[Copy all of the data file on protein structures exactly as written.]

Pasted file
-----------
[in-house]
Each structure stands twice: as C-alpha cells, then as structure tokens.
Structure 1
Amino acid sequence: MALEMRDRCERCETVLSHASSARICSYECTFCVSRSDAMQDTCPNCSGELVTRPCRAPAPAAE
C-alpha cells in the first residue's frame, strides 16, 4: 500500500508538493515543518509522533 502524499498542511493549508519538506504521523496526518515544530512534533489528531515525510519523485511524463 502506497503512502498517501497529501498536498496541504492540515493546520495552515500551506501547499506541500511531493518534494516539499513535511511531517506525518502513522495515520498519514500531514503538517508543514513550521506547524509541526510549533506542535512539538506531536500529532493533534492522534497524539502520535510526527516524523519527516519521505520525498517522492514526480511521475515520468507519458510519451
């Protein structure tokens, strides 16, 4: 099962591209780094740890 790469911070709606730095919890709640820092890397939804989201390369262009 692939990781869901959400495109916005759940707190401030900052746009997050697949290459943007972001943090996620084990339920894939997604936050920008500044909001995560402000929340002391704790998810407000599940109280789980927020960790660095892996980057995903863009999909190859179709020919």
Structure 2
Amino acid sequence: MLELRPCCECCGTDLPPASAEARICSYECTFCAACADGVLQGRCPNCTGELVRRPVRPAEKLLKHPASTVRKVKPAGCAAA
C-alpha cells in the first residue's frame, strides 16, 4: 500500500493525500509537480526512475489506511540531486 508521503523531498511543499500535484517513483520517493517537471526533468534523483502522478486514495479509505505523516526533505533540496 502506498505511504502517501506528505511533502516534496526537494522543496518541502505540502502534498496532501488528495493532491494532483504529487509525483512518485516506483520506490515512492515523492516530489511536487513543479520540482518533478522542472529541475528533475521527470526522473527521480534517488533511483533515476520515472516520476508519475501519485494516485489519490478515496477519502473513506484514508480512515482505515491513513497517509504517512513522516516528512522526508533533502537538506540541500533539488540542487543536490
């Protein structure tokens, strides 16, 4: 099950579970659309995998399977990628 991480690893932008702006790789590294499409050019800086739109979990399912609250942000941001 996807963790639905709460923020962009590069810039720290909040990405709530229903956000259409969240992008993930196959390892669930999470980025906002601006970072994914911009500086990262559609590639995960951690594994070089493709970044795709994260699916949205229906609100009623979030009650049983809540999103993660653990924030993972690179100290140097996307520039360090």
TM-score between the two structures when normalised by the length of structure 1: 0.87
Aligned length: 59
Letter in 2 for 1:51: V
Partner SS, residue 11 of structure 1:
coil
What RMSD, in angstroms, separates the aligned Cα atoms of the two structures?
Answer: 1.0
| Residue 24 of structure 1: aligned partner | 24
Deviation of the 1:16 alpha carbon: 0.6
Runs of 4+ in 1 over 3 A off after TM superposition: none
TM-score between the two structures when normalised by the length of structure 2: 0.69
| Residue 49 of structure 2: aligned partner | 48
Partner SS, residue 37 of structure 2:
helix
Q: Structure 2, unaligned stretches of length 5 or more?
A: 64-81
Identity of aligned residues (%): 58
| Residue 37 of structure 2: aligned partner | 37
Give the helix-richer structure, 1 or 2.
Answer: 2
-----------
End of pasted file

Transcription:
[in-house]
Each structure stands twice: as C-alpha cells, then as structure tokens.
Structure 1
Amino acid sequence: MALEMRDRCERCETVLSHASSARICSYECTFCVSRSDAMQDTCPNCSGELVTRPCRAPAPAAE
C-alpha cells in the first residue's frame, strides 16, 4: 500500500508538493515543518509522533 502524499498542511493549508519538506504521523496526518515544530512534533489528531515525510519523485511524463 502506497503512502498517501497529501498536498496541504492540515493546520495552515500551506501547499506541500511531493518534494516539499513535511511531517506525518502513522495515520498519514500531514503538517508543514513550521506547524509541526510549533506542535512539538506531536500529532493533534492522534497524539502520535510526527516524523519527516519521505520525498517522492514526480511521475515520468507519458510519451
């Protein structure tokens, strides 16, 4: 099962591209780094740890 790469911070709606730095919890709640820092890397939804989201390369262009 692939990781869901959400495109916005759940707190401030900052746009997050697949290459943007972001943090996620084990339920894939997604936050920008500044909001995560402000929340002391704790998810407000599940109280789980927020960790660095892996980057995903863009999909190859179709020919």
Structure 2
Amino acid sequence: MLELRPCCECCGTDLPPASAEARICSYECTFCAACADGVLQGRCPNCTGELVRRPVRPAEKLLKHPASTVRKVKPAGCAAA
C-alpha cells in the first residue's frame, strides 16, 4: 500500500493525500509537480526512475489506511540531486 508521503523531498511543499500535484517513483520517493517537471526533468534523483502522478486514495479509505505523516526533505533540496 502506498505511504502517501506528505511533502516534496526537494522543496518541502505540502502534498496532501488528495493532491494532483504529487509525483512518485516506483520506490515512492515523492516530489511536487513543479520540482518533478522542472529541475528533475521527470526522473527521480534517488533511483533515476520515472516520476508519475501519485494516485489519490478515496477519502473513506484514508480512515482505515491513513497517509504517512513522516516528512522526508533533502537538506540541500533539488540542487543536490
């Protein structure tokens, strides 16, 4: 099950579970659309995998399977990628 991480690893932008702006790789590294499409050019800086739109979990399912609250942000941001 996807963790639905709460923020962009590069810039720290909040990405709530229903956000259409969240992008993930196959390892669930999470980025906002601006970072994914911009500086990262559609590639995960951690594994070089493709970044795709994260699916949205229906609100009623979030009650049983809540999103993660653990924030993972690179100290140097996307520039360090």
TM-score between the two structures when normalised by the length of structure 1: 0.87
Aligned length: 59
Letter in 2 for 1:51: V
Partner SS, residue 11 of structure 1:
coil
What RMSD, in angstroms, separates the aligned Cα atoms of the two structures?
Answer: 1.0
| Residue 24 of structure 1: aligned partner | 24
Deviation of the 1:16 alpha carbon: 0.6
Runs of 4+ in 1 over 3 A off after TM superposition: none
TM-score between the two structures when normalised by the length of structure 2: 0.69
| Residue 49 of structure 2: aligned partner | 48
Partner SS, residue 37 of structure 2:
helix
Q: Structure 2, unaligned stretches of length 5 or more?
A: 64-81
Identity of aligned residues (%): 58
| Residue 37 of structure 2: aligned partner | 37
Give the helix-richer structure, 1 or 2.
Answer: 2